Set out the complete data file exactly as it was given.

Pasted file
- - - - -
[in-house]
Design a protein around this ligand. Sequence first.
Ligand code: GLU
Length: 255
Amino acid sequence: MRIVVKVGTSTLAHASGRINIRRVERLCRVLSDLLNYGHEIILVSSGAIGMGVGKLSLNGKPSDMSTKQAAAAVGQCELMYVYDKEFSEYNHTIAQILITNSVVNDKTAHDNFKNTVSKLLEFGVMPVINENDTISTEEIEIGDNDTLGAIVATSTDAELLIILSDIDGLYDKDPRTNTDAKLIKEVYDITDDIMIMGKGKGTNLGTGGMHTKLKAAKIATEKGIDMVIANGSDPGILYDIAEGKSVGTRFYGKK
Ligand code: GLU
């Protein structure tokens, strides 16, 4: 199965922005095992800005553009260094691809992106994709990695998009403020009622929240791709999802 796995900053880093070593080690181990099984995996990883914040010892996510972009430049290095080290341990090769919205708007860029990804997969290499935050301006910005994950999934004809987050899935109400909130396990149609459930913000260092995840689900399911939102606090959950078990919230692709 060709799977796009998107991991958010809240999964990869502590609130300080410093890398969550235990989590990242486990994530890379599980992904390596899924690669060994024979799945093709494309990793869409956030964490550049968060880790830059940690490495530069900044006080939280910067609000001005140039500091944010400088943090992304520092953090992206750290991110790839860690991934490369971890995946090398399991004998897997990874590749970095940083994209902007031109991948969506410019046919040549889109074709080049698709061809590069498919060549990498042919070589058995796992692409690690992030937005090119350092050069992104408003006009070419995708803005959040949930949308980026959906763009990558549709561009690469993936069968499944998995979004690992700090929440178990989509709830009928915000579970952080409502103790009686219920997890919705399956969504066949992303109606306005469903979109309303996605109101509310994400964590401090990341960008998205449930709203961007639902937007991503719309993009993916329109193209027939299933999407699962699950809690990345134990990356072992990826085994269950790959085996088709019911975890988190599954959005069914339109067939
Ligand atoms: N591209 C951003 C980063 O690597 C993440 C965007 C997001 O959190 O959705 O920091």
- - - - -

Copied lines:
[in-house]
Design a protein around this ligand. Sequence first.
Ligand code: GLU
Length: 255
Amino acid sequence: MRIVVKVGTSTLAHASGRINIRRVERLCRVLSDLLNYGHEIILVSSGAIGMGVGKLSLNGKPSDMSTKQAAAAVGQCELMYVYDKEFSEYNHTIAQILITNSVVNDKTAHDNFKNTVSKLLEFGVMPVINENDTISTEEIEIGDNDTLGAIVATSTDAELLIILSDIDGLYDKDPRTNTDAKLIKEVYDITDDIMIMGKGKGTNLGTGGMHTKLKAAKIATEKGIDMVIANGSDPGILYDIAEGKSVGTRFYGKK
Ligand code: GLU
């Protein structure tokens, strides 16, 4: 199965922005095992800005553009260094691809992106994709990695998009403020009622929240791709999802 796995900053880093070593080690181990099984995996990883914040010892996510972009430049290095080290341990090769919205708007860029990804997969290499935050301006910005994950999934004809987050899935109400909130396990149609459930913000260092995840689900399911939102606090959950078990919230692709 060709799977796009998107991991958010809240999964990869502590609130300080410093890398969550235990989590990242486990994530890379599980992904390596899924690669060994024979799945093709494309990793869409956030964490550049968060880790830059940690490495530069900044006080939280910067609000001005140039500091944010400088943090992304520092953090992206750290991110790839860690991934490369971890995946090398399991004998897997990874590749970095940083994209902007031109991948969506410019046919040549889109074709080049698709061809590069498919060549990498042919070589058995796992692409690690992030937005090119350092050069992104408003006009070419995708803005959040949930949308980026959906763009990558549709561009690469993936069968499944998995979004690992700090929440178990989509709830009928915000579970952080409502103790009686219920997890919705399956969504066949992303109606306005469903979109309303996605109101509310994400964590401090990341960008998205449930709203961007639902937007991503719309993009993916329109193209027939299933999407699962699950809690990345134990990356072992990826085994269950790959085996088709019911975890988190599954959005069914339109067939
Ligand atoms: N591209 C951003 C980063 O690597 C993440 C965007 C997001 O959190 O959705 O920091």